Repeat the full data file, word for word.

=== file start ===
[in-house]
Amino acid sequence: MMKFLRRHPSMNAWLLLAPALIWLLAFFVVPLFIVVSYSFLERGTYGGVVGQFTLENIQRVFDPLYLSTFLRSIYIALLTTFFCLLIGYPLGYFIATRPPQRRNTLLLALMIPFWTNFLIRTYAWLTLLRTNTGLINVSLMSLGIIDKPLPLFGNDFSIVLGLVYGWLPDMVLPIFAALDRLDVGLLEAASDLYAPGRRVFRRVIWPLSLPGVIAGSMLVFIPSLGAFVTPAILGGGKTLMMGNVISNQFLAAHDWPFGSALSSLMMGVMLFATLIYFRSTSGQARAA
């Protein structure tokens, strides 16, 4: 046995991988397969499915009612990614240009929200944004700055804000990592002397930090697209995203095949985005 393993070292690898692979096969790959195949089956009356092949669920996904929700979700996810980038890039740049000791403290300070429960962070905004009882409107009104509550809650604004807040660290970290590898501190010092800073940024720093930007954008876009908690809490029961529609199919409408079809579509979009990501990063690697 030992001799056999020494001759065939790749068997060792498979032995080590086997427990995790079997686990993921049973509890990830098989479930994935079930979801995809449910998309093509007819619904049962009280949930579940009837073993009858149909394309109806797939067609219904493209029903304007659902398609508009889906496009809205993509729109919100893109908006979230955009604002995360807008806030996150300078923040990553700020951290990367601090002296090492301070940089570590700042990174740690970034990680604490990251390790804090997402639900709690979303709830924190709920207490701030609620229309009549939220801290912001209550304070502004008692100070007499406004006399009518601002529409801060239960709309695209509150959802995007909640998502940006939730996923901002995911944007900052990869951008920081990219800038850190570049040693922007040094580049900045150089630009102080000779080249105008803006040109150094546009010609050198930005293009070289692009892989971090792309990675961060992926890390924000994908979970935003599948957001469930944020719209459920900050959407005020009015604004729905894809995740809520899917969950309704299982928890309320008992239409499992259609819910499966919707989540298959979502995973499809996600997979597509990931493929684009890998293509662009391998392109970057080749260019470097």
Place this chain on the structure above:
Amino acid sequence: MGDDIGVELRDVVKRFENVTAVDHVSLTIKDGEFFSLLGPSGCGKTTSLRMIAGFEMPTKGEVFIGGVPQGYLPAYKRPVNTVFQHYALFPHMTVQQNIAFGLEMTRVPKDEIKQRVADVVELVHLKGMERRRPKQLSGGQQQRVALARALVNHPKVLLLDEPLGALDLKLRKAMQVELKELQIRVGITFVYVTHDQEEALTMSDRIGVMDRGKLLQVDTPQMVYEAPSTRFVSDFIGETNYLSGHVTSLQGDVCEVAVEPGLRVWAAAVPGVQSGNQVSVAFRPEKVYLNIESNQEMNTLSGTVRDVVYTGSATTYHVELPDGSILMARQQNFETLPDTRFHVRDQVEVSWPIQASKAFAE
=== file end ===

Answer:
[in-house]
Amino acid sequence: MMKFLRRHPSMNAWLLLAPALIWLLAFFVVPLFIVVSYSFLERGTYGGVVGQFTLENIQRVFDPLYLSTFLRSIYIALLTTFFCLLIGYPLGYFIATRPPQRRNTLLLALMIPFWTNFLIRTYAWLTLLRTNTGLINVSLMSLGIIDKPLPLFGNDFSIVLGLVYGWLPDMVLPIFAALDRLDVGLLEAASDLYAPGRRVFRRVIWPLSLPGVIAGSMLVFIPSLGAFVTPAILGGGKTLMMGNVISNQFLAAHDWPFGSALSSLMMGVMLFATLIYFRSTSGQARAA
């Protein structure tokens, strides 16, 4: 046995991988397969499915009612990614240009929200944004700055804000990592002397930090697209995203095949985005 393993070292690898692979096969790959195949089956009356092949669920996904929700979700996810980038890039740049000791403290300070429960962070905004009882409107009104509550809650604004807040660290970290590898501190010092800073940024720093930007954008876009908690809490029961529609199919409408079809579509979009990501990063690697 030992001799056999020494001759065939790749068997060792498979032995080590086997427990995790079997686990993921049973509890990830098989479930994935079930979801995809449910998309093509007819619904049962009280949930579940009837073993009858149909394309109806797939067609219904493209029903304007659902398609508009889906496009809205993509729109919100893109908006979230955009604002995360807008806030996150300078923040990553700020951290990367601090002296090492301070940089570590700042990174740690970034990680604490990251390790804090997402639900709690979303709830924190709920207490701030609620229309009549939220801290912001209550304070502004008692100070007499406004006399009518601002529409801060239960709309695209509150959802995007909640998502940006939730996923901002995911944007900052990869951008920081990219800038850190570049040693922007040094580049900045150089630009102080000779080249105008803006040109150094546009010609050198930005293009070289692009892989971090792309990675961060992926890390924000994908979970935003599948957001469930944020719209459920900050959407005020009015604004729905894809995740809520899917969950309704299982928890309320008992239409499992259609819910499966919707989540298959979502995973499809996600997979597509990931493929684009890998293509662009391998392109970057080749260019470097």
Place this chain on the structure above:
Amino acid sequence: MGDDIGVELRDVVKRFENVTAVDHVSLTIKDGEFFSLLGPSGCGKTTSLRMIAGFEMPTKGEVFIGGVPQGYLPAYKRPVNTVFQHYALFPHMTVQQNIAFGLEMTRVPKDEIKQRVADVVELVHLKGMERRRPKQLSGGQQQRVALARALVNHPKVLLLDEPLGALDLKLRKAMQVELKELQIRVGITFVYVTHDQEEALTMSDRIGVMDRGKLLQVDTPQMVYEAPSTRFVSDFIGETNYLSGHVTSLQGDVCEVAVEPGLRVWAAAVPGVQSGNQVSVAFRPEKVYLNIESNQEMNTLSGTVRDVVYTGSATTYHVELPDGSILMARQQNFETLPDTRFHVRDQVEVSWPIQASKAFAE